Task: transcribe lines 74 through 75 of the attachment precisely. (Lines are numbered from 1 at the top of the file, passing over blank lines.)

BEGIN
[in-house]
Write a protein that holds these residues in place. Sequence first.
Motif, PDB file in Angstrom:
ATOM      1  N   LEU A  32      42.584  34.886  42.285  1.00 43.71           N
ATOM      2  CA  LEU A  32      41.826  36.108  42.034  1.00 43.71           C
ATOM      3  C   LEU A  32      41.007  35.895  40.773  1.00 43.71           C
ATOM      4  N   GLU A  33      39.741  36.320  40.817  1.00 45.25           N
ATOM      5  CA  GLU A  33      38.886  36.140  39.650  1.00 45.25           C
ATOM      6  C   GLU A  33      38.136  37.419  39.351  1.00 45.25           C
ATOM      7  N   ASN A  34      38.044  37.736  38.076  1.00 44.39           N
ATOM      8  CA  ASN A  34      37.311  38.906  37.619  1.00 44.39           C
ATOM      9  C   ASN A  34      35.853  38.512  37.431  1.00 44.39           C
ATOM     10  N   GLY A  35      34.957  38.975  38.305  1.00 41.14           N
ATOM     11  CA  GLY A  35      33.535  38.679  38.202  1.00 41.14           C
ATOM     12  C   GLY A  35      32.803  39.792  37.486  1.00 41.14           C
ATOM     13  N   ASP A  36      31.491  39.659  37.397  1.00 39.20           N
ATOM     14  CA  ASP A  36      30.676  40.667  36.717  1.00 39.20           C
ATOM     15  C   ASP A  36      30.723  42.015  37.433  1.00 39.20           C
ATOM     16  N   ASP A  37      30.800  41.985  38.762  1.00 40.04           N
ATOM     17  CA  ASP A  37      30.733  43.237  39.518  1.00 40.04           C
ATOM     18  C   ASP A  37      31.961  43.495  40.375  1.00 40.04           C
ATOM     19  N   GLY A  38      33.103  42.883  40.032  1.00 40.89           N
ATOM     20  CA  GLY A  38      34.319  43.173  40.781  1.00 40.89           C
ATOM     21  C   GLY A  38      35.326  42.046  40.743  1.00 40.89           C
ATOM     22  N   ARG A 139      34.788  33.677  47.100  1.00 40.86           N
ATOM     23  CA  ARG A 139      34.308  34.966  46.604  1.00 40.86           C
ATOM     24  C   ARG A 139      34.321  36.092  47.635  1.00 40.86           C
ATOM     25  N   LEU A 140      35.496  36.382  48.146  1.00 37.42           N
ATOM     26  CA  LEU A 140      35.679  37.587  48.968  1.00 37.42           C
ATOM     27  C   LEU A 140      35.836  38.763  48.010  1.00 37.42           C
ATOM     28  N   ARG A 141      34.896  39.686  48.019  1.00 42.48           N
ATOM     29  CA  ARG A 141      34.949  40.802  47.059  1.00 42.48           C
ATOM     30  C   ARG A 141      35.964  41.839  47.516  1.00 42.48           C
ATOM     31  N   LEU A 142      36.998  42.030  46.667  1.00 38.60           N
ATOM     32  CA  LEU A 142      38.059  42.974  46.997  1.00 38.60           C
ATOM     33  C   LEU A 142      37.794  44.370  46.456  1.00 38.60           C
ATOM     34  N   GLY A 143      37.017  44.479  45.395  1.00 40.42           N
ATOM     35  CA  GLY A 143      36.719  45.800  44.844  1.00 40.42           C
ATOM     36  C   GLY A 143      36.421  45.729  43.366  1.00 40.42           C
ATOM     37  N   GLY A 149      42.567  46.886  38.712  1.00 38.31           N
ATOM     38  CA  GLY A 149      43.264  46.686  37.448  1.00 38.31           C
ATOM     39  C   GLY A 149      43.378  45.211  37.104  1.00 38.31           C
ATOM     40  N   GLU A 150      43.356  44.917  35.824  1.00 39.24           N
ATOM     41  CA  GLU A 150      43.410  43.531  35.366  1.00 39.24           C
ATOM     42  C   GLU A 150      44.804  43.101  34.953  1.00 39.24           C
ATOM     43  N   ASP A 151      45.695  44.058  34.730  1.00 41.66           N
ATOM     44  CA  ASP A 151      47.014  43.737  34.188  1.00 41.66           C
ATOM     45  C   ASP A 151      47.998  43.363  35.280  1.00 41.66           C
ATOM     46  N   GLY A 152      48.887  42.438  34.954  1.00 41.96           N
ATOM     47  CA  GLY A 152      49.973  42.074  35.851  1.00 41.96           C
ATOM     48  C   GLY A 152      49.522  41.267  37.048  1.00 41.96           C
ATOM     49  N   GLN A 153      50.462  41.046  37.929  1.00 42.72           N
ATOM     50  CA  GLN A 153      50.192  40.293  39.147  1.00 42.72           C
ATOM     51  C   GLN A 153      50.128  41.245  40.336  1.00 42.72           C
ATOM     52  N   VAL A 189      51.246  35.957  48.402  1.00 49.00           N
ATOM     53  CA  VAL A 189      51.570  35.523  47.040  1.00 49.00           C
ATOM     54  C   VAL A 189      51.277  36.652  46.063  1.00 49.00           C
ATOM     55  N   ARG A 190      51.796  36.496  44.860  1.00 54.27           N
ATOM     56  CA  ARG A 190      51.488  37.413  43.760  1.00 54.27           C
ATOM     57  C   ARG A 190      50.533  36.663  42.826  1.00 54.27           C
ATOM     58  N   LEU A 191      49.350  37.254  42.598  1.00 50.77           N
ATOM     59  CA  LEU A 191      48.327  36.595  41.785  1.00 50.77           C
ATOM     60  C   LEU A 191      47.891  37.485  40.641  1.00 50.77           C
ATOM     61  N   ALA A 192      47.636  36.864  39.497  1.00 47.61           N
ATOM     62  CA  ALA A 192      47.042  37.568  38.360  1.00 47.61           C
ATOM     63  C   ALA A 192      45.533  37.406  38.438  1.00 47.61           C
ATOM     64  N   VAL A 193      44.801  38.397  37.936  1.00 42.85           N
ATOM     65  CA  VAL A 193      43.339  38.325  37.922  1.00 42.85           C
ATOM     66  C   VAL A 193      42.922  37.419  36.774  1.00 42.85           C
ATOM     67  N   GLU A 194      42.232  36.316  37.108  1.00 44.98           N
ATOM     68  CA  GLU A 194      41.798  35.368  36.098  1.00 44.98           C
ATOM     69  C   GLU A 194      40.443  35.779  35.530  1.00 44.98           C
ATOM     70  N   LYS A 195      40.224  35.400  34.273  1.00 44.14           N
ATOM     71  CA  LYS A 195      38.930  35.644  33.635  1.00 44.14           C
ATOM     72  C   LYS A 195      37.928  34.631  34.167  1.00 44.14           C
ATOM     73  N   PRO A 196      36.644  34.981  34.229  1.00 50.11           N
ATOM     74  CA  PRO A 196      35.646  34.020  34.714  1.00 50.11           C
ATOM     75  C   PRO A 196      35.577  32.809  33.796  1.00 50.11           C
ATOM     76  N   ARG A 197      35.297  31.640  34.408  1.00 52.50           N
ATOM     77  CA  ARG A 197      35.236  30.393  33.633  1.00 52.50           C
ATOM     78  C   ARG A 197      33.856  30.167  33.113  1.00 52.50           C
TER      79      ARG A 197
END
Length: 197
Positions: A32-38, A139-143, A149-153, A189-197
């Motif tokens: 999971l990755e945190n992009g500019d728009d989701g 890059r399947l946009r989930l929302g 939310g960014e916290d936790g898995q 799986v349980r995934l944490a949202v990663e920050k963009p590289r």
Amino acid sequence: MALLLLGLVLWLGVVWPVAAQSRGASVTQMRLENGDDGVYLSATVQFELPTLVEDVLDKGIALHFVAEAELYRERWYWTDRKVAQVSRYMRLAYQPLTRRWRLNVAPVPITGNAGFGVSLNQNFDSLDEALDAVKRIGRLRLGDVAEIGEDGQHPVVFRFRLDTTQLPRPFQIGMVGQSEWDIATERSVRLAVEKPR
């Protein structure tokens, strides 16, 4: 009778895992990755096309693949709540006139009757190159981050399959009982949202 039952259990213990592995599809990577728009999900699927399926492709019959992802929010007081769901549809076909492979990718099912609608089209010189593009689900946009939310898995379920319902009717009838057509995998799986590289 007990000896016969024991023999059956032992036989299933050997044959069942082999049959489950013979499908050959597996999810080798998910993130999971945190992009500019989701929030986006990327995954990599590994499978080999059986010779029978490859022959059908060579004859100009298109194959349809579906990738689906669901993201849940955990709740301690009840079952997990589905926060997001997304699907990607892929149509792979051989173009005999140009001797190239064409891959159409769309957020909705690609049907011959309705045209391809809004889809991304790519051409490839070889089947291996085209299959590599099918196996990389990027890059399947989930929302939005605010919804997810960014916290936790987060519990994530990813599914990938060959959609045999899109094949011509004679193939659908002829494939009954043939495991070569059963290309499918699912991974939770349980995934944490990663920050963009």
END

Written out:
ATOM     71  CA  LYS A 195      38.930  35.644  33.635  1.00 44.14           C
ATOM     72  C   LYS A 195      37.928  34.631  34.167  1.00 44.14           C